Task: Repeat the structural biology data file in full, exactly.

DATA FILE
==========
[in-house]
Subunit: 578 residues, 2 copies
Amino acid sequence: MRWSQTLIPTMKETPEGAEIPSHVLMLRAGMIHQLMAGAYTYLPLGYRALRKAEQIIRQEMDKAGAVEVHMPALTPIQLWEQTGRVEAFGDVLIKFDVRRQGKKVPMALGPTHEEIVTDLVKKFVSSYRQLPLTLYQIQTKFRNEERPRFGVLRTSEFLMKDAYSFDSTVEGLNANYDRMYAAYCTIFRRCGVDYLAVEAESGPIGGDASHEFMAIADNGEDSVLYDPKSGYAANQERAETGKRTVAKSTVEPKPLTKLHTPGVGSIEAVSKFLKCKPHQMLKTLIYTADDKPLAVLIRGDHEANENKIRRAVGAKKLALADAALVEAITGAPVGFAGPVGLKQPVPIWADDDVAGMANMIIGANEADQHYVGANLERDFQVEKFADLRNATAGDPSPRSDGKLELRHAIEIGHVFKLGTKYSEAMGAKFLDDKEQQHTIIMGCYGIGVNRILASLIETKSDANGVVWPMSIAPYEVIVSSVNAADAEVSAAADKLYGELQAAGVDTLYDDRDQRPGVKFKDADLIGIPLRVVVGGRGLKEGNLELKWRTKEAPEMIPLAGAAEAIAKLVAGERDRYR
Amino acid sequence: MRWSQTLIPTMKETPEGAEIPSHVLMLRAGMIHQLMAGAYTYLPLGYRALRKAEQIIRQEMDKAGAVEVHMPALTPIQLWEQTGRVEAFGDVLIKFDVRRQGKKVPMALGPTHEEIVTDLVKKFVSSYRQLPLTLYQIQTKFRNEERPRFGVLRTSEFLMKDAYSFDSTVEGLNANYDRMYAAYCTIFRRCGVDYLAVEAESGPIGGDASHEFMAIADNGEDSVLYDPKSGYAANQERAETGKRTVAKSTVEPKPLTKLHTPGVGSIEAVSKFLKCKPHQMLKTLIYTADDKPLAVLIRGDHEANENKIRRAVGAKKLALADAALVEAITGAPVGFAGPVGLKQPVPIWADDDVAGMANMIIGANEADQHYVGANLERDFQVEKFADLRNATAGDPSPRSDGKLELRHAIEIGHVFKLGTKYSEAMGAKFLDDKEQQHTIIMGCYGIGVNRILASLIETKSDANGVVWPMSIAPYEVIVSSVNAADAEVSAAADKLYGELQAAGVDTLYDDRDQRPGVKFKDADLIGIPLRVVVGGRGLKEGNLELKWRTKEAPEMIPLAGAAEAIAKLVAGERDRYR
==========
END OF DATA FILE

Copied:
[in-house]
Subunit: 578 residues, 2 copies
Amino acid sequence: MRWSQTLIPTMKETPEGAEIPSHVLMLRAGMIHQLMAGAYTYLPLGYRALRKAEQIIRQEMDKAGAVEVHMPALTPIQLWEQTGRVEAFGDVLIKFDVRRQGKKVPMALGPTHEEIVTDLVKKFVSSYRQLPLTLYQIQTKFRNEERPRFGVLRTSEFLMKDAYSFDSTVEGLNANYDRMYAAYCTIFRRCGVDYLAVEAESGPIGGDASHEFMAIADNGEDSVLYDPKSGYAANQERAETGKRTVAKSTVEPKPLTKLHTPGVGSIEAVSKFLKCKPHQMLKTLIYTADDKPLAVLIRGDHEANENKIRRAVGAKKLALADAALVEAITGAPVGFAGPVGLKQPVPIWADDDVAGMANMIIGANEADQHYVGANLERDFQVEKFADLRNATAGDPSPRSDGKLELRHAIEIGHVFKLGTKYSEAMGAKFLDDKEQQHTIIMGCYGIGVNRILASLIETKSDANGVVWPMSIAPYEVIVSSVNAADAEVSAAADKLYGELQAAGVDTLYDDRDQRPGVKFKDADLIGIPLRVVVGGRGLKEGNLELKWRTKEAPEMIPLAGAAEAIAKLVAGERDRYR
Amino acid sequence: MRWSQTLIPTMKETPEGAEIPSHVLMLRAGMIHQLMAGAYTYLPLGYRALRKAEQIIRQEMDKAGAVEVHMPALTPIQLWEQTGRVEAFGDVLIKFDVRRQGKKVPMALGPTHEEIVTDLVKKFVSSYRQLPLTLYQIQTKFRNEERPRFGVLRTSEFLMKDAYSFDSTVEGLNANYDRMYAAYCTIFRRCGVDYLAVEAESGPIGGDASHEFMAIADNGEDSVLYDPKSGYAANQERAETGKRTVAKSTVEPKPLTKLHTPGVGSIEAVSKFLKCKPHQMLKTLIYTADDKPLAVLIRGDHEANENKIRRAVGAKKLALADAALVEAITGAPVGFAGPVGLKQPVPIWADDDVAGMANMIIGANEADQHYVGANLERDFQVEKFADLRNATAGDPSPRSDGKLELRHAIEIGHVFKLGTKYSEAMGAKFLDDKEQQHTIIMGCYGIGVNRILASLIETKSDANGVVWPMSIAPYEVIVSSVNAADAEVSAAADKLYGELQAAGVDTLYDDRDQRPGVKFKDADLIGIPLRVVVGGRGLKEGNLELKWRTKEAPEMIPLAGAAEAIAKLVAGERDRYR